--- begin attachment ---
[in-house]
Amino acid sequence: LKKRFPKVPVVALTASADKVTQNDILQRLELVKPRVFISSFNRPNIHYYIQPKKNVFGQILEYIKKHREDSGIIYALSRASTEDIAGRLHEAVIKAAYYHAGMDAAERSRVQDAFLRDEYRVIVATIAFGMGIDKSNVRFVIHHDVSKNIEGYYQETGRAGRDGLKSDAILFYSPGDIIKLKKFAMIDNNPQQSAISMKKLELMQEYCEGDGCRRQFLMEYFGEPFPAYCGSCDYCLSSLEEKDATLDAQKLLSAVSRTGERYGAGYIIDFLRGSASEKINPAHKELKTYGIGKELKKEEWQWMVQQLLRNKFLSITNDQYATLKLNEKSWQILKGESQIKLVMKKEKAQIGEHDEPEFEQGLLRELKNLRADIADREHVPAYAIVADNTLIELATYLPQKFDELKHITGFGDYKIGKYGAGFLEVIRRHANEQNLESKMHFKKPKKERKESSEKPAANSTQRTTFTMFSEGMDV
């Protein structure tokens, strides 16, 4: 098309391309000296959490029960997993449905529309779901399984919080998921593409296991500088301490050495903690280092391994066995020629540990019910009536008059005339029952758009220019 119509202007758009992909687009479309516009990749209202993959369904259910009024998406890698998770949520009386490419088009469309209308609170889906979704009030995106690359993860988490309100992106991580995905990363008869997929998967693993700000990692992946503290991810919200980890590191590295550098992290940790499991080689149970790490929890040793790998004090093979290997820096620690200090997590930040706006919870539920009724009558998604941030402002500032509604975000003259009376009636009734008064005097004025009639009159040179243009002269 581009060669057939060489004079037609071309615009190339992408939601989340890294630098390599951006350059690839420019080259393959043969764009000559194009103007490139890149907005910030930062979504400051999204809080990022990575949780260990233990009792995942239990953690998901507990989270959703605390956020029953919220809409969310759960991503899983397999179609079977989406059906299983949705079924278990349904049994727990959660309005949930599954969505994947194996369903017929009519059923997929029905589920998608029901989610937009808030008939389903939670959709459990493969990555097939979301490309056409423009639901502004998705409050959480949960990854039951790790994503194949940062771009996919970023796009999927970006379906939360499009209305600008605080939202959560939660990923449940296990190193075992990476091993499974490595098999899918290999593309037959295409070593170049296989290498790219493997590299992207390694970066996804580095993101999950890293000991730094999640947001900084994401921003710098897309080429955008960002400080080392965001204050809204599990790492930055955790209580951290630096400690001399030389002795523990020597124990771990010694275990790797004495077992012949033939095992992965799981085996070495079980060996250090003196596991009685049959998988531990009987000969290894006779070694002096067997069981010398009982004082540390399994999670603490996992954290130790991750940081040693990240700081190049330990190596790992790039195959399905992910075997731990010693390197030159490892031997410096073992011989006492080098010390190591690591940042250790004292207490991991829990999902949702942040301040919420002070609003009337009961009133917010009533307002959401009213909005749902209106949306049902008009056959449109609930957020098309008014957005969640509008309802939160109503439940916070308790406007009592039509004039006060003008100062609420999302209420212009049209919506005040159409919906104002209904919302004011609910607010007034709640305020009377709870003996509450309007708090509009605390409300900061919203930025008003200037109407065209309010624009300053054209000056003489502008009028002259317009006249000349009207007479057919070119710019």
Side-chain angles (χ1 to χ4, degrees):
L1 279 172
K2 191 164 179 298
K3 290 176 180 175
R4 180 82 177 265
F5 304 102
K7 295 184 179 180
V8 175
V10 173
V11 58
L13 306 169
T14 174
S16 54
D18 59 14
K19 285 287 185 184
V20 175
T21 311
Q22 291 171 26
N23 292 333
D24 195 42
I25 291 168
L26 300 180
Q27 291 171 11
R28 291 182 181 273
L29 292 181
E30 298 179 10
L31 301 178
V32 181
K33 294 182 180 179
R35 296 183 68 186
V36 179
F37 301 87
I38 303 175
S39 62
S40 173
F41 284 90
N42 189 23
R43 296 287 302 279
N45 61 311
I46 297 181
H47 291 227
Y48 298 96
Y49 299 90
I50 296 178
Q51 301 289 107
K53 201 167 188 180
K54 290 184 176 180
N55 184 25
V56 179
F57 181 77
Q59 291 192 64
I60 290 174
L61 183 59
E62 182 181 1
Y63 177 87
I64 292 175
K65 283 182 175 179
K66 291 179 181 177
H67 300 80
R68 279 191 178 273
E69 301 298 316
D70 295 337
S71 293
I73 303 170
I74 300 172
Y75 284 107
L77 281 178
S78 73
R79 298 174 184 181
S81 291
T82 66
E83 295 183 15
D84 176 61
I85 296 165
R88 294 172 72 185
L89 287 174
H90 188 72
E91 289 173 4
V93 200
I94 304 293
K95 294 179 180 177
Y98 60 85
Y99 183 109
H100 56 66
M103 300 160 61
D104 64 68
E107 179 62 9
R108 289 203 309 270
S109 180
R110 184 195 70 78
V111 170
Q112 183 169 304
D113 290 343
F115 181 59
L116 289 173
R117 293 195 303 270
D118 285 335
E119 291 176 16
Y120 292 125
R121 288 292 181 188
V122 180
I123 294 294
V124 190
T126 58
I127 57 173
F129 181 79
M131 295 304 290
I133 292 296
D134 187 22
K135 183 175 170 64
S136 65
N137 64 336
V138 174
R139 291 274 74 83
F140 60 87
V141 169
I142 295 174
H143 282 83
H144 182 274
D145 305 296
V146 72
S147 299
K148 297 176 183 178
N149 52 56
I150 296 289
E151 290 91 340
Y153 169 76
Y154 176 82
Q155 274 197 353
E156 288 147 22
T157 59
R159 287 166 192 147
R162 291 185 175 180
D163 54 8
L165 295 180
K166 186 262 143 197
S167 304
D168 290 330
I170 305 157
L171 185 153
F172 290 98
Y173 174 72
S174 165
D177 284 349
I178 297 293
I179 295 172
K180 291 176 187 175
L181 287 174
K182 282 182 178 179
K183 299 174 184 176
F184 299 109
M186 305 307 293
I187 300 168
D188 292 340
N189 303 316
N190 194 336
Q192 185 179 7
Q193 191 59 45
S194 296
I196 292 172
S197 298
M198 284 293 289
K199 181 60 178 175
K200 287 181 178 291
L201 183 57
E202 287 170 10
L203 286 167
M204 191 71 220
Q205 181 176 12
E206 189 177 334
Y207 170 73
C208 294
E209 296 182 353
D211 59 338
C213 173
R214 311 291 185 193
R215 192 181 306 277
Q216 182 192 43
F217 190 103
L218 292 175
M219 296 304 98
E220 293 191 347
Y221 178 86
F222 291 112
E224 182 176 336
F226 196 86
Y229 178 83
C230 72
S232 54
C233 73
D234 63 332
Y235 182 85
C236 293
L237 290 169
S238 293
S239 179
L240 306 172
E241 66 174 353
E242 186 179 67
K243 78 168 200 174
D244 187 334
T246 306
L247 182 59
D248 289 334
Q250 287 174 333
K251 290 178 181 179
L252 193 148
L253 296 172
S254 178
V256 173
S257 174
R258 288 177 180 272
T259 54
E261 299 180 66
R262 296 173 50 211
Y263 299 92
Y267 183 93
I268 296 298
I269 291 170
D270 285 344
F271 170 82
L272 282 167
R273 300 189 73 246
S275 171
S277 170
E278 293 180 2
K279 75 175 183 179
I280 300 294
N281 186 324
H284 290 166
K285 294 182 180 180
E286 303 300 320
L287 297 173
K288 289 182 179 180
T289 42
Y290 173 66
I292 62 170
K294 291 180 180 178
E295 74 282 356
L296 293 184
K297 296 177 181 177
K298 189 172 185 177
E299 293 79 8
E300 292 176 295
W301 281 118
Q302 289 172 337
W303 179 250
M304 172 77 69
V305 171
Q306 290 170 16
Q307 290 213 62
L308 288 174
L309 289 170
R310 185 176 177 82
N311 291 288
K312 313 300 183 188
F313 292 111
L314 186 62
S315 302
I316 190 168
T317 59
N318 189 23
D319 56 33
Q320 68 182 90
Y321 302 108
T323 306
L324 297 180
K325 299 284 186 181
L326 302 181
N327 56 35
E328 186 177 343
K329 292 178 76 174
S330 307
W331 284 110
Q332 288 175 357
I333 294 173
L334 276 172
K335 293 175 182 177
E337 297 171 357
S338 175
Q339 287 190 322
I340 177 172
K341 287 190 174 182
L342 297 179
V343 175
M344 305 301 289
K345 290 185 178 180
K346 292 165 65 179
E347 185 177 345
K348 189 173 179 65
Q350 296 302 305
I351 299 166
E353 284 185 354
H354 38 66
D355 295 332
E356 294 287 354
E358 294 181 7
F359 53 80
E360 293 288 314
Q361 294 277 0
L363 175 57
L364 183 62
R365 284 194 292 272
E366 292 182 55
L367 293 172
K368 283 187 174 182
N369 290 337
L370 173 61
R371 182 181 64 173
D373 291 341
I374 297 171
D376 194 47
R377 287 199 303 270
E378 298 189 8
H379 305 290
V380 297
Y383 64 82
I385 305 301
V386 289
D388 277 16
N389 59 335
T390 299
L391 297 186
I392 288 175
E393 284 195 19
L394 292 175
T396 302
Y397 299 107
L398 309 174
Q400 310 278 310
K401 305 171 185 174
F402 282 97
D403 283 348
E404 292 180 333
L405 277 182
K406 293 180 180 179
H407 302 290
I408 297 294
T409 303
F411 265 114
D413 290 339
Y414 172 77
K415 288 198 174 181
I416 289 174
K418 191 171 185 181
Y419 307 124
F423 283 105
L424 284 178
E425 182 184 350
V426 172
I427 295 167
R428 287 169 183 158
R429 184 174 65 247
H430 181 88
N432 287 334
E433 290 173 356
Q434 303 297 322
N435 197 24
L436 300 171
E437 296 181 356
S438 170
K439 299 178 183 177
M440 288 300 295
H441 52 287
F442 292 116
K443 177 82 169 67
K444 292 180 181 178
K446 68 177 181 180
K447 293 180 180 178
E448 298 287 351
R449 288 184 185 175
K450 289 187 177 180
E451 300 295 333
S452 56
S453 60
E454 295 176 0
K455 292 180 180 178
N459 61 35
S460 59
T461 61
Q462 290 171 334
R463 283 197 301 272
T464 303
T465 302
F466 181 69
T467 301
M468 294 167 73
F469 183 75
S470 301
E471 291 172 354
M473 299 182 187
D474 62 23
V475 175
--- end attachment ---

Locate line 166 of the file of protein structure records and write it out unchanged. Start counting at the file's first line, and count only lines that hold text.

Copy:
K199 181 60 178 175